The strength of the Underground Railroad — a network of people who helped enslaved people escape to the North — came from those who risked their own safety. Among the ones most tied to the journey to freedom were Harriet Tubman, one of the most famous “conductors,” and William Still, often called the “Father of the Underground Railroad.”
Harriet Tubman escaped slavery and guided others to freedom
Born into slavery in Maryland with the name Araminta Harriet Ross, Tubman herself escaped to freedom, thanks to the Underground Railroad. While enslaved, she suffered regular physical violence and torture throughout her childhood. One of the most severe was when a two-pound weight was thrown at her head, causing her to endure seizures and narcoleptic episodes throughout her life.
She married a free man, John Tubman, in 1844, but not much is known about their relationship except that she took his last name. Five years later, she found herself sick, and when her owner died, she decided it was time to escape to Philadelphia. She started the journey with her brothers but ultimately made the 90-mile trip on her own in 1849.
“When I found I had crossed that line, I looked at my hands to see if I was the same person,” she said of making it into the free state of Pennsylvania, where she took on her mother’s name of Harriet. “There was such a glory over everything; the sun came like gold through the trees, and over the fields, and I felt like I was in Heaven.”
But experiencing freedom wasn’t enough for Tubman — she couldn’t bear the thought of her family being enslaved, so she crossed back in 1850 to lead her niece’s family to Philadelphia. In 1851, she went back to bring her husband across the line, only to find that he was married to another woman and had no desire to move North. Instead, she led a group of escaped bonds people. Those were just two of the trips she made between 1850 and 1860 (estimates range from 13 to 19 total trips), reportedly guiding more than 300 enslaved people to freedom. Among those she saved were her parents and siblings.
The dangers were heightened when the Fugitive Slave Law was passed in 1850, stating that escaped enslaved people caught in the North could be returned to slavery. But Tubman simply worked around that and steered her Underground Railroad to Canada, where slavery was prohibited (there’s evidence one of her stops on an 1851 trip was at the home of abolitionist Frederick Douglass). Her work as a “conductor” (those who guided the enslaved along the Underground Railroad) earned her the nickname “Moses,” which happened to be the actual name of her younger brother.
"I was conductor of the Underground Railroad for eight years, and I can say what most conductors can't say,” she proudly said. “I never ran my train off the track and I never lost a passenger."
William Still helped more than 800 enslaved people escape
Meanwhile, William Still was born into freedom in Burlington County, New Jersey, a free state. His father, Levin Steel, purchased his freedom while his mother, Sidney, had escaped slavery. He was still a young boy when he first helped a man he knew was being hunted by enslaved catchers.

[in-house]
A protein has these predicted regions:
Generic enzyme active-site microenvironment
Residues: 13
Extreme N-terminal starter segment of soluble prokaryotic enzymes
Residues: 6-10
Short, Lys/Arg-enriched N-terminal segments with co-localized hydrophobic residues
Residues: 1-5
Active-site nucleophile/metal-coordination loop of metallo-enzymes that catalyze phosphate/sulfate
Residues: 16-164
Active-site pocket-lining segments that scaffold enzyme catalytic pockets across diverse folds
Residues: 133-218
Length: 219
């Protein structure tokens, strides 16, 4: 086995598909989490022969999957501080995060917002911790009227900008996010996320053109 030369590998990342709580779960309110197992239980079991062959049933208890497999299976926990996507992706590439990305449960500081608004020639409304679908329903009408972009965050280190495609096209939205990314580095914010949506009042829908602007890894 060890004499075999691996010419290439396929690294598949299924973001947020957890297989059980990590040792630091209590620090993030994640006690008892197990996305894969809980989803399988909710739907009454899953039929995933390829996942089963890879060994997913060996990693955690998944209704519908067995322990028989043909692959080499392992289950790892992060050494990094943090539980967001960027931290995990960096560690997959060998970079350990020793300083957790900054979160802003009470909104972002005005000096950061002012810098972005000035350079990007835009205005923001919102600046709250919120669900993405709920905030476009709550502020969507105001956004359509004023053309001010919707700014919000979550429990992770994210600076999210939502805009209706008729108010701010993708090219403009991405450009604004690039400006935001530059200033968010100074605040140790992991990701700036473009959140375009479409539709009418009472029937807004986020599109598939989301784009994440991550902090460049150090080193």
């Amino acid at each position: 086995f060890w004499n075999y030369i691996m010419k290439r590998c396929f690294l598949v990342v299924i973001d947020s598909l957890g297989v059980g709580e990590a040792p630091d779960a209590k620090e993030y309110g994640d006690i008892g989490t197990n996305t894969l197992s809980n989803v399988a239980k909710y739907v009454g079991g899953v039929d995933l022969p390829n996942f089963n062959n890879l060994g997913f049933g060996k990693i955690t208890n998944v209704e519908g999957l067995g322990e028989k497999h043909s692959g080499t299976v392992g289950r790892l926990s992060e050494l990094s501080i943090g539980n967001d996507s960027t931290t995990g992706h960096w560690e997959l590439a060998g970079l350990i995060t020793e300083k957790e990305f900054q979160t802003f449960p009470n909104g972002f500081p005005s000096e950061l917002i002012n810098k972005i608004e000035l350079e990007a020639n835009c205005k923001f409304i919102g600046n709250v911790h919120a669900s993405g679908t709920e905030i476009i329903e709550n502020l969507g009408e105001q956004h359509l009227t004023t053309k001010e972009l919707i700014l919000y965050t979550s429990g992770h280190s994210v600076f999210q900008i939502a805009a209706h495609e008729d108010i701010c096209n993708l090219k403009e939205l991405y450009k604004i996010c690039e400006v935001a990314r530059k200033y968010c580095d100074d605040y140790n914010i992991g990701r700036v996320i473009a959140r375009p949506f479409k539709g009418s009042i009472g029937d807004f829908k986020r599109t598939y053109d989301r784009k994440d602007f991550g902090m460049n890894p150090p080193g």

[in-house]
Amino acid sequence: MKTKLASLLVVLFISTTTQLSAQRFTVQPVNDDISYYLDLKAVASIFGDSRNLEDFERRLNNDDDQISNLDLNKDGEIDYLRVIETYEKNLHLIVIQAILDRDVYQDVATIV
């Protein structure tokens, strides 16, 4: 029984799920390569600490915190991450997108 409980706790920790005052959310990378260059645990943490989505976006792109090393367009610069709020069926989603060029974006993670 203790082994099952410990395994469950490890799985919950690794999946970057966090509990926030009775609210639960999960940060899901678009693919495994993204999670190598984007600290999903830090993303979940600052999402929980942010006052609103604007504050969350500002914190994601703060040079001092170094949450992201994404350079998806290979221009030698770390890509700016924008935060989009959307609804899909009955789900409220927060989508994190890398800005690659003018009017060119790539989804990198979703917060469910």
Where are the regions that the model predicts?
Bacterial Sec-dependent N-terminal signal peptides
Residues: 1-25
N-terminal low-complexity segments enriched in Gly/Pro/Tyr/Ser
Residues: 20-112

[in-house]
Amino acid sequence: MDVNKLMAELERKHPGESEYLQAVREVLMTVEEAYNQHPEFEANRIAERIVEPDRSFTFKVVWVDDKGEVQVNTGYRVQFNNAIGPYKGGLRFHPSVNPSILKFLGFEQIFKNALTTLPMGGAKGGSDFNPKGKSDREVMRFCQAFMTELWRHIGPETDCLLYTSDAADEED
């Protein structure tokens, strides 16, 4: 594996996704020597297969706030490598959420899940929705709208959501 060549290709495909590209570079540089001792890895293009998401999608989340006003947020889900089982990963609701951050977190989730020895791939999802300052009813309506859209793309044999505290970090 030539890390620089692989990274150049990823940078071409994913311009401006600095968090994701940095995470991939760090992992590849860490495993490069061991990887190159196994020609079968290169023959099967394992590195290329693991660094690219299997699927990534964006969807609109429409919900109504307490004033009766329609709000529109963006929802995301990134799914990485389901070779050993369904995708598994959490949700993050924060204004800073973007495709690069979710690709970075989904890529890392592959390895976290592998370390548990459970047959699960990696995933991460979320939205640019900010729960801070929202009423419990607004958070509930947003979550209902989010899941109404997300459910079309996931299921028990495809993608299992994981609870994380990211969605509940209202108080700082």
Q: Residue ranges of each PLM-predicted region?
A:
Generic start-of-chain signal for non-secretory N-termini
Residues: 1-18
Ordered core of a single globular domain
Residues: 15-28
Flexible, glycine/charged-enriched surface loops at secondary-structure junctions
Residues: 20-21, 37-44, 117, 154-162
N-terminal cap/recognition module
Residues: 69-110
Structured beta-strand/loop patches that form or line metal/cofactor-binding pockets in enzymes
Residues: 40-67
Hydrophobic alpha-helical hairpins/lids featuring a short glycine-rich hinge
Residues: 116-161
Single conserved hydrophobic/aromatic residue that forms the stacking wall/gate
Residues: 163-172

After moving to Philadelphia in 1844, he started working for the Pennsylvania Society for the Abolition of Slavery as a janitor and clerk. Around this time, he started helping fugitive enslaved people by housing them in the years before the Civil War. His Underground Railroad “station” became a popular stop where he helped shepherd those enslaved to Canada. In the 14 years that he worked the route, it’s estimated that he guided 800 enslaved people to freedom — keeping detailed records along the way.
Although he destroyed many of the notes, fearing it would expose the runaway enslaved people, his children encouraged him to turn them into a book, which he published in 1872 as The Underground Railroad — one of the most accurate records of the historical period.
Tubman made regular stops at Still's station
And her visits definitely made an impression, since he included her in a passage in his book, following a letter from Thomas Garrett about her bringing incoming visitors.
“Harriet Tubman had been their ‘Moses,’ but not in the sense that Andrew Johnson was the ‘Moses of the colored people,’” Still wrote in his book. “She had faithfully gone down into Egypt, and had delivered these six bondmen by her own heroism. Harriet was a woman of no pretensions, indeed, a more ordinary specimen of humanity could hardly be found among the most unfortunate-looking farm hands of the South. Yet, in point of courage, shrewdness and disinterested exertions to rescue her fellow-men, by making personal visits to Maryland among the enslaved, she was without her equal.”
He went on to praise her success as “wonderful,” noting her multiple journeys into the danger zone. “Great fears were entertained for her safety, but she seemed wholly devoid of personal fear,” he continued. “The idea of being captured by enslaved-hunters or enslaved-holders, seemed never to enter her mind. She was apparently proof against all adversaries.”
The 2019 film Harriet, in which Cynthia Erivo plays Harriet Tubman and Leslie Odom Jr. plays William Still, will dive into the life and spirit of Tubman — and the part that Still played, as they both guided so many on the road to freedom.